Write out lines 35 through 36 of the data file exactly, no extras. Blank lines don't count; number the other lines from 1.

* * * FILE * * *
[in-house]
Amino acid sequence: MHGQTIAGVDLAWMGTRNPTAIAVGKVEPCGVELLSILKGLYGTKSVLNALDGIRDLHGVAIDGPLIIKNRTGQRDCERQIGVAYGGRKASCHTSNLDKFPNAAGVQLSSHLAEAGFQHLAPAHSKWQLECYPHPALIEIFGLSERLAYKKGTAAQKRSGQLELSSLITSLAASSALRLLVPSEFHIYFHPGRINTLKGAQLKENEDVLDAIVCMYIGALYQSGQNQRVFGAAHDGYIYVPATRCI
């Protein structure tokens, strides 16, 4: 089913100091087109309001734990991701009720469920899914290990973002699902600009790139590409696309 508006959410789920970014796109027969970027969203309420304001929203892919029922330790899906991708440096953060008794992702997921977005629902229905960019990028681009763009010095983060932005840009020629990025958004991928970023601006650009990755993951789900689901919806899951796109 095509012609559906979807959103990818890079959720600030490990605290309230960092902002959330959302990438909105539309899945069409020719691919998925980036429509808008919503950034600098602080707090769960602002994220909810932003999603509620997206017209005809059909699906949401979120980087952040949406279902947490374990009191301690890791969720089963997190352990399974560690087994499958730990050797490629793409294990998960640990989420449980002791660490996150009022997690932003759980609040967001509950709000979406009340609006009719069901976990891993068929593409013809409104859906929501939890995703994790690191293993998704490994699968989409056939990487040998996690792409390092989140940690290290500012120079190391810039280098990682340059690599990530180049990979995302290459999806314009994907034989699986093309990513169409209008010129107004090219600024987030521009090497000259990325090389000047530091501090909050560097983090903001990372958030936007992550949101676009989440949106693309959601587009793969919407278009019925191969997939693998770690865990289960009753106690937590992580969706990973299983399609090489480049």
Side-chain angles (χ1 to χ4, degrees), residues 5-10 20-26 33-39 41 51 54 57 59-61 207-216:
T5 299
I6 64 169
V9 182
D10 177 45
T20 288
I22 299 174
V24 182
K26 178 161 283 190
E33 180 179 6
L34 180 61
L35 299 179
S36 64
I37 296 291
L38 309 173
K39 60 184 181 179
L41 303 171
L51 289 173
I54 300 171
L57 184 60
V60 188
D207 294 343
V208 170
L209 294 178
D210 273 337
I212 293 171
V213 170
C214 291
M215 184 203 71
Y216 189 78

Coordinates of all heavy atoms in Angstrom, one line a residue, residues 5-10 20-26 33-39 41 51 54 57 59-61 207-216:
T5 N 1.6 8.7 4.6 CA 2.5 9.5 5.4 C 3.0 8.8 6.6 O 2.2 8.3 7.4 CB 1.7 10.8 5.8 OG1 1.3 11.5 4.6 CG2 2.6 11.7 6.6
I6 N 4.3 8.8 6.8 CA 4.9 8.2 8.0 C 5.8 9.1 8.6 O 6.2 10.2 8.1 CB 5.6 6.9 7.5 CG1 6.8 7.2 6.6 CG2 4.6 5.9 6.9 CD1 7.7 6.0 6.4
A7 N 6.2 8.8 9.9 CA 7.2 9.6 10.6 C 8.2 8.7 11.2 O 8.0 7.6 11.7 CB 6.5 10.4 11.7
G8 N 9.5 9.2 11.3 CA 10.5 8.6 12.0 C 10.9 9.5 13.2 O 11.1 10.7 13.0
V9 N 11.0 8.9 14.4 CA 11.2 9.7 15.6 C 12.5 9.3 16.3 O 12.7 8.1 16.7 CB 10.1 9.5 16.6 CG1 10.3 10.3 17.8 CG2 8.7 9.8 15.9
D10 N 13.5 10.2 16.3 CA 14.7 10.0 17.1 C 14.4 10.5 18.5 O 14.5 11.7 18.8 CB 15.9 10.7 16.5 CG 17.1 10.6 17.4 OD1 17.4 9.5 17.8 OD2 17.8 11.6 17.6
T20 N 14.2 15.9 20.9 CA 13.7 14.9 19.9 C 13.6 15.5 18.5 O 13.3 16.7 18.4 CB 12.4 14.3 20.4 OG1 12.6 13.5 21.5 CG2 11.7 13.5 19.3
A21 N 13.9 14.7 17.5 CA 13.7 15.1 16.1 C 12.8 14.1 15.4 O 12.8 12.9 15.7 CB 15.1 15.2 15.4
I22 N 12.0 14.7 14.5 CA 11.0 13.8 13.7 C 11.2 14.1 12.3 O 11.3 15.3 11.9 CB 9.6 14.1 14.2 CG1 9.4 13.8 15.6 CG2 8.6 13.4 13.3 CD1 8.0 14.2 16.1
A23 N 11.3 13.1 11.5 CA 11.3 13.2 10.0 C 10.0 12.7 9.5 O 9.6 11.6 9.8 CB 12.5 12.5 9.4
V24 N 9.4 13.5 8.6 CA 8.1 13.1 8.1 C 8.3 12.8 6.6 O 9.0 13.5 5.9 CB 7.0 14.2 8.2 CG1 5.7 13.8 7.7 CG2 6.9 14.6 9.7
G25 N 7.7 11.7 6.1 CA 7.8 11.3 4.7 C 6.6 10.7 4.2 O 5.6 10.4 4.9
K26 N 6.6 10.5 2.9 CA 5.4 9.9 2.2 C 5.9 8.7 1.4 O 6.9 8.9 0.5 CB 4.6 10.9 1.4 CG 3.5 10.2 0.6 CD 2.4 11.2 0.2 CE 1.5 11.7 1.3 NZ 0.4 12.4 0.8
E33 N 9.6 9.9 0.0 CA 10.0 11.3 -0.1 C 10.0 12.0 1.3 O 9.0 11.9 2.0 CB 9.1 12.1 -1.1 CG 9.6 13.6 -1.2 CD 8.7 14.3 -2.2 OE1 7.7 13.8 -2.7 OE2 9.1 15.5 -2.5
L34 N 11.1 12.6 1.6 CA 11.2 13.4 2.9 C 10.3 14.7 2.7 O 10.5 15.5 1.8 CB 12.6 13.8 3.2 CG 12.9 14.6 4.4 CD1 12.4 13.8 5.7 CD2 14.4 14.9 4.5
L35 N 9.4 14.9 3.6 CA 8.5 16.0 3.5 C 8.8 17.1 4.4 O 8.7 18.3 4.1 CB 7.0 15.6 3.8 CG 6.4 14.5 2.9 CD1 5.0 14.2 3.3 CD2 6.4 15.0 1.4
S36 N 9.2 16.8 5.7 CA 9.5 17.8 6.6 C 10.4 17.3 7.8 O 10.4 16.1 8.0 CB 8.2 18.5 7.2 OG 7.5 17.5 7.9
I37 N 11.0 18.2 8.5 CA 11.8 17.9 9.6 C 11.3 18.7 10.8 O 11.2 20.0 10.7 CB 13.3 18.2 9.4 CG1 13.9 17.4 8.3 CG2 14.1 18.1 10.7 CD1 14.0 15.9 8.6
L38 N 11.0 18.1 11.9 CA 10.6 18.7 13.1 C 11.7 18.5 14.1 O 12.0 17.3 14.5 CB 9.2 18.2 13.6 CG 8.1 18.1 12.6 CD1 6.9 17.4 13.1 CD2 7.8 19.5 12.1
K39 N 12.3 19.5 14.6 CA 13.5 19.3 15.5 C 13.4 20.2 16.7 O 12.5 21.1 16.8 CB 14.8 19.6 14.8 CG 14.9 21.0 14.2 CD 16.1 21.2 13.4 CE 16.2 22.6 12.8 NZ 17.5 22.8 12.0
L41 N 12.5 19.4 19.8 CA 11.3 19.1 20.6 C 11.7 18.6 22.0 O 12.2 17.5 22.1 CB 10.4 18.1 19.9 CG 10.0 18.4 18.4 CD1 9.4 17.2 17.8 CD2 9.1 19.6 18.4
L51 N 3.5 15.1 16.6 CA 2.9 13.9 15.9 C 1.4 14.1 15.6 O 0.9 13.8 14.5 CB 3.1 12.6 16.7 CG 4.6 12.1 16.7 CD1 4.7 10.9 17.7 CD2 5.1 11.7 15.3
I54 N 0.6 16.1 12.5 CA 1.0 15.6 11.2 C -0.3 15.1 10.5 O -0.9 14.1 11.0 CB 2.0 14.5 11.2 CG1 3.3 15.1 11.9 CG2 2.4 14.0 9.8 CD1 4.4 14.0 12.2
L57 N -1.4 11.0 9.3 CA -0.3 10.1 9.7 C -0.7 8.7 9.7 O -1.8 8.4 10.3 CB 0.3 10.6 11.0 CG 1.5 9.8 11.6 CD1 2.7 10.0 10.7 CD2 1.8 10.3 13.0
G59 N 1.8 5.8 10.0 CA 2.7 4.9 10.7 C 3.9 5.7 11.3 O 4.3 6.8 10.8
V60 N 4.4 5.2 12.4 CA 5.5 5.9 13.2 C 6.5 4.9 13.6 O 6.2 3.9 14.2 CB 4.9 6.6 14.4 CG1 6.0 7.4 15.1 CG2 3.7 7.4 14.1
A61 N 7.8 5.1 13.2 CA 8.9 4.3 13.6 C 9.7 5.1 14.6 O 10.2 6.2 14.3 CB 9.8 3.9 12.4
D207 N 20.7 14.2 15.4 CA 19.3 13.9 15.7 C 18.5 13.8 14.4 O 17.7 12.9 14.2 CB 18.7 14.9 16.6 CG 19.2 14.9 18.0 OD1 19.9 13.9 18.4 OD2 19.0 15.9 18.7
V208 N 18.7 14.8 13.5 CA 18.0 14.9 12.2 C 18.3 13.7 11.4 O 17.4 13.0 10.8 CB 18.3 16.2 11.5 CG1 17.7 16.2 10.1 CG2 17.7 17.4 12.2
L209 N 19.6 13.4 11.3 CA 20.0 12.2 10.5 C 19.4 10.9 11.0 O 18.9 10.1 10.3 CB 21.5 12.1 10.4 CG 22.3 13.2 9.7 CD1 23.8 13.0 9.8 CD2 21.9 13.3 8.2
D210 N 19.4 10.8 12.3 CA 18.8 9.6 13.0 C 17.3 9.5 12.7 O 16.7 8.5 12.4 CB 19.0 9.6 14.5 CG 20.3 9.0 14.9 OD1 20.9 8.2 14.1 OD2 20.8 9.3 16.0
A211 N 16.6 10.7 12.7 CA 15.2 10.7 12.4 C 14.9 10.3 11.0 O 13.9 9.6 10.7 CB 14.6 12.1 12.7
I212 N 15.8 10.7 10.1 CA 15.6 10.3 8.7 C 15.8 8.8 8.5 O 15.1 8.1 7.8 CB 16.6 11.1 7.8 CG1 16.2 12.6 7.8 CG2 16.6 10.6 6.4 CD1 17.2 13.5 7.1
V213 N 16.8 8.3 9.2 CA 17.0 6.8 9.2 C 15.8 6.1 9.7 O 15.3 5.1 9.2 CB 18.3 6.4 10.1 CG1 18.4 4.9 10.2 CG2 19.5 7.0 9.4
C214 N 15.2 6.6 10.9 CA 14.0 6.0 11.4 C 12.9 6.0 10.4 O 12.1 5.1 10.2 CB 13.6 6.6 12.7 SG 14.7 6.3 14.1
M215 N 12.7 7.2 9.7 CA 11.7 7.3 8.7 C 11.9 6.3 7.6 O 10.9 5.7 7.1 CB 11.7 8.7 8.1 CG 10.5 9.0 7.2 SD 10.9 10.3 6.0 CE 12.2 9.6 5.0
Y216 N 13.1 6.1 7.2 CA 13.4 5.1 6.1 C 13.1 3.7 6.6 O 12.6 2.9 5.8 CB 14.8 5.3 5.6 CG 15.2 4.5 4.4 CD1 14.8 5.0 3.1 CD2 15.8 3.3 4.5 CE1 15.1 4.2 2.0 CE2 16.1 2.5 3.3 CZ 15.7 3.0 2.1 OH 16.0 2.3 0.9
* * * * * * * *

T5 N 1.6 8.7 4.6 CA 2.5 9.5 5.4 C 3.0 8.8 6.6 O 2.2 8.3 7.4 CB 1.7 10.8 5.8 OG1 1.3 11.5 4.6 CG2 2.6 11.7 6.6
I6 N 4.3 8.8 6.8 CA 4.9 8.2 8.0 C 5.8 9.1 8.6 O 6.2 10.2 8.1 CB 5.6 6.9 7.5 CG1 6.8 7.2 6.6 CG2 4.6 5.9 6.9 CD1 7.7 6.0 6.4